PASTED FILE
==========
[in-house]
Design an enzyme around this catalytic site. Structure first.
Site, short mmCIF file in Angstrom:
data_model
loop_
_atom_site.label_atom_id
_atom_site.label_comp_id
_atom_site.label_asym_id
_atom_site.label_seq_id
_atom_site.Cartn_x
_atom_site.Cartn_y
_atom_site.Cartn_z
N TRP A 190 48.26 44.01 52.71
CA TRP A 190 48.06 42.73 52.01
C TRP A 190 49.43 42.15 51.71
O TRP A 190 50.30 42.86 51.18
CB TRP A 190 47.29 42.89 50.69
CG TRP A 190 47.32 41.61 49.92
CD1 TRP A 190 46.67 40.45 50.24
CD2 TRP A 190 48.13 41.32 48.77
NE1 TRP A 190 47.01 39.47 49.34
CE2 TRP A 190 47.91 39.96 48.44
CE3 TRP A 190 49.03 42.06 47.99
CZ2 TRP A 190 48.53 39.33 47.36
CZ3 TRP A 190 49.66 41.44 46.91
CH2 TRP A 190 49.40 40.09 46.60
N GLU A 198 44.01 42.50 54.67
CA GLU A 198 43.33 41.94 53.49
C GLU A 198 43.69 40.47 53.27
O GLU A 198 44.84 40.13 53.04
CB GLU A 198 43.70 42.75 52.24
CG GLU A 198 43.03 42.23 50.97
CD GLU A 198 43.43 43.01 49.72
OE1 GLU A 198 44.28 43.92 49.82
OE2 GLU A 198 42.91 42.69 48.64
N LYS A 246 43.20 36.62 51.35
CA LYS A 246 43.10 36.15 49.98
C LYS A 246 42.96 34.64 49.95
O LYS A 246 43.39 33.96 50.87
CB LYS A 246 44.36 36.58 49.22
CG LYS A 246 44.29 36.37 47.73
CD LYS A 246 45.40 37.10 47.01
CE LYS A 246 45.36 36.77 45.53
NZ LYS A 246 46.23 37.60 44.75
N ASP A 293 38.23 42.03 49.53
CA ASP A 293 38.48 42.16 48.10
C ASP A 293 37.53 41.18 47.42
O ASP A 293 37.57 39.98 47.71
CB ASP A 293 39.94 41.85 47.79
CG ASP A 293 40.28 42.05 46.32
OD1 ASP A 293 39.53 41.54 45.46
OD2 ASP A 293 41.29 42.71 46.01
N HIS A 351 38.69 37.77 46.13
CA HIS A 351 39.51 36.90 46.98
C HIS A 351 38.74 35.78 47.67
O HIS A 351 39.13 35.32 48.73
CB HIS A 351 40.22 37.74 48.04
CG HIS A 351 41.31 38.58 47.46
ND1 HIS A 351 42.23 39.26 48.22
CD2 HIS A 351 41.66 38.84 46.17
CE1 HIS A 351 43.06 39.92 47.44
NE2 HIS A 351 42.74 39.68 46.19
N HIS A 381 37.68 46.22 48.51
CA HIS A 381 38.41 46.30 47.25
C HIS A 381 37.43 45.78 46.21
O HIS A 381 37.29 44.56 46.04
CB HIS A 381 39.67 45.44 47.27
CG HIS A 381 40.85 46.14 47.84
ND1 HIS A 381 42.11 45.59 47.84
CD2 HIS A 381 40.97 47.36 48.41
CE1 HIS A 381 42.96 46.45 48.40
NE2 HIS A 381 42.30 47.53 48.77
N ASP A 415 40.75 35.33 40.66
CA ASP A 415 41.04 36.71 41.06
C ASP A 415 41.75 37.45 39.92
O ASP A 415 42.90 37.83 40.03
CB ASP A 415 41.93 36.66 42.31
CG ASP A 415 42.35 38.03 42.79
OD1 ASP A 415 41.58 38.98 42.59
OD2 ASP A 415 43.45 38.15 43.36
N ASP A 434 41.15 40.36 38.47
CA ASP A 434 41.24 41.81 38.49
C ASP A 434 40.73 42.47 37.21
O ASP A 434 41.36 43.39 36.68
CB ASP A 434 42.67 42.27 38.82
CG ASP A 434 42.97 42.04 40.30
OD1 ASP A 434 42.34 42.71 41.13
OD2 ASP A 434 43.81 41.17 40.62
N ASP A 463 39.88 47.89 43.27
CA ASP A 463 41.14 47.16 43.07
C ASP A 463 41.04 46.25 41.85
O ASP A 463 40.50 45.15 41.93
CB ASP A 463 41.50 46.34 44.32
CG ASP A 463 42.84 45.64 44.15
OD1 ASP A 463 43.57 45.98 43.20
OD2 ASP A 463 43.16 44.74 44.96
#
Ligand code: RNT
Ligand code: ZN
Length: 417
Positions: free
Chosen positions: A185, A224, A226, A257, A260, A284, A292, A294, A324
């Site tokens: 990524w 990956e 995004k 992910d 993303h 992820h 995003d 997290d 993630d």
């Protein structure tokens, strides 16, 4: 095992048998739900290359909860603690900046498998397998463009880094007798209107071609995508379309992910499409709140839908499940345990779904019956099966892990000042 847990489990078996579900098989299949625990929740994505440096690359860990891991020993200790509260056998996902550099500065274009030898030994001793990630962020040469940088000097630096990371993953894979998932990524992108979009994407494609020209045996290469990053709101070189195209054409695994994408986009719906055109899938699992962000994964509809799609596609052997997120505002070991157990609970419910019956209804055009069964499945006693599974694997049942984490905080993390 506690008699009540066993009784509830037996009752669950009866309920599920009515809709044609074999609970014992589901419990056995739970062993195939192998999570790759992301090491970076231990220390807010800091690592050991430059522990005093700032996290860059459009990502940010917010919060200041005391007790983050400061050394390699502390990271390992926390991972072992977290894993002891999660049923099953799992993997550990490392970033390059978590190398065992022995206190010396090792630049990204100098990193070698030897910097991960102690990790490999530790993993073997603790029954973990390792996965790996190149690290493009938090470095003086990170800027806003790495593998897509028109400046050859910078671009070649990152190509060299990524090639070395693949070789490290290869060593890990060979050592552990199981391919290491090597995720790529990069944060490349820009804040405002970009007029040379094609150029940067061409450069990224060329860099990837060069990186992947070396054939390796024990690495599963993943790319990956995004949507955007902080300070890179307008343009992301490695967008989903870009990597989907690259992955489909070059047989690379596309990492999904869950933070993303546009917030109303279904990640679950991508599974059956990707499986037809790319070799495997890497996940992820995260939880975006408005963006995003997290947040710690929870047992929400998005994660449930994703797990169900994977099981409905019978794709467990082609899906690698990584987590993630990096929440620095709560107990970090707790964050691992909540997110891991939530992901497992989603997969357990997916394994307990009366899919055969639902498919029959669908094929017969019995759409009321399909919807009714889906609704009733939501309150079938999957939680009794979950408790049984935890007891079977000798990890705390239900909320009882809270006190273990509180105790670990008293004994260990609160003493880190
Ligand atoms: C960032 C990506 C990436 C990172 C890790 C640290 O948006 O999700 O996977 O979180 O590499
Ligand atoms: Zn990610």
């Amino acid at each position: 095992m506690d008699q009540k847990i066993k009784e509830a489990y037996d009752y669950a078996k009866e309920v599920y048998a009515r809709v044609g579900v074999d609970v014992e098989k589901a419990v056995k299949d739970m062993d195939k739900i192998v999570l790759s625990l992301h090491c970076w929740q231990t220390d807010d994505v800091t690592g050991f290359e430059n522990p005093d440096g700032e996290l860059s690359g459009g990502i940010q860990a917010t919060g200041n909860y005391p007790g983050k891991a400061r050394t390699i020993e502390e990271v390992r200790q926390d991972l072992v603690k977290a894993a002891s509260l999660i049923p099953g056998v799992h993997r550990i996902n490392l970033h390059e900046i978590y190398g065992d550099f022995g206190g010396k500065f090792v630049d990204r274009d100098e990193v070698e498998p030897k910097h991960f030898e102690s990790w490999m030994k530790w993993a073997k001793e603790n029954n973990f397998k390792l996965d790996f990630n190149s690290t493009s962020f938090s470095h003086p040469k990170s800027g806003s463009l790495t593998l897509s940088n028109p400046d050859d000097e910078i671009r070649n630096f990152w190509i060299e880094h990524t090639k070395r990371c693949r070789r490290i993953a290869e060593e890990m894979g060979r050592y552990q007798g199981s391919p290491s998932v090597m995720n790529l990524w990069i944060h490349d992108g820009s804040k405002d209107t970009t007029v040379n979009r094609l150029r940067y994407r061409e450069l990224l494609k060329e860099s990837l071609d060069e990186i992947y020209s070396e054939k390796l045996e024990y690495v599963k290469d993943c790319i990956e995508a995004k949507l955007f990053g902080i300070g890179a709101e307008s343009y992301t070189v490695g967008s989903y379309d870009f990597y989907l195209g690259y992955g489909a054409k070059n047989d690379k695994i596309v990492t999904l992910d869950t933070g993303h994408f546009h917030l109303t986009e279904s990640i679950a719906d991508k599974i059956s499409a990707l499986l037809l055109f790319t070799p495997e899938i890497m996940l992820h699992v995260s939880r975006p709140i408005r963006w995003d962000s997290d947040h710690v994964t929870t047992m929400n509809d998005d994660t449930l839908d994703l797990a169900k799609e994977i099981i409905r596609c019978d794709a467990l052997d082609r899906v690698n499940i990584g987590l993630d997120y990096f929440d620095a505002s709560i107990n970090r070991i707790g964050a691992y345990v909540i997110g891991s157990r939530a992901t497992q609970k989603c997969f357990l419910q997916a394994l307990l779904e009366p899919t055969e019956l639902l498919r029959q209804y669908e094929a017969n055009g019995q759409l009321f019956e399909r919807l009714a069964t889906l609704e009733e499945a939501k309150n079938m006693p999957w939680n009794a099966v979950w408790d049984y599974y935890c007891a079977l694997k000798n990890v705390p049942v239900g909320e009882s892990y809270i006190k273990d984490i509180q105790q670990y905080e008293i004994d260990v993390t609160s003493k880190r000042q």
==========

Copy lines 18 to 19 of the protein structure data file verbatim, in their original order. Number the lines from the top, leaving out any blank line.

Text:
CG TRP A 190 47.32 41.61 49.92
CD1 TRP A 190 46.67 40.45 50.24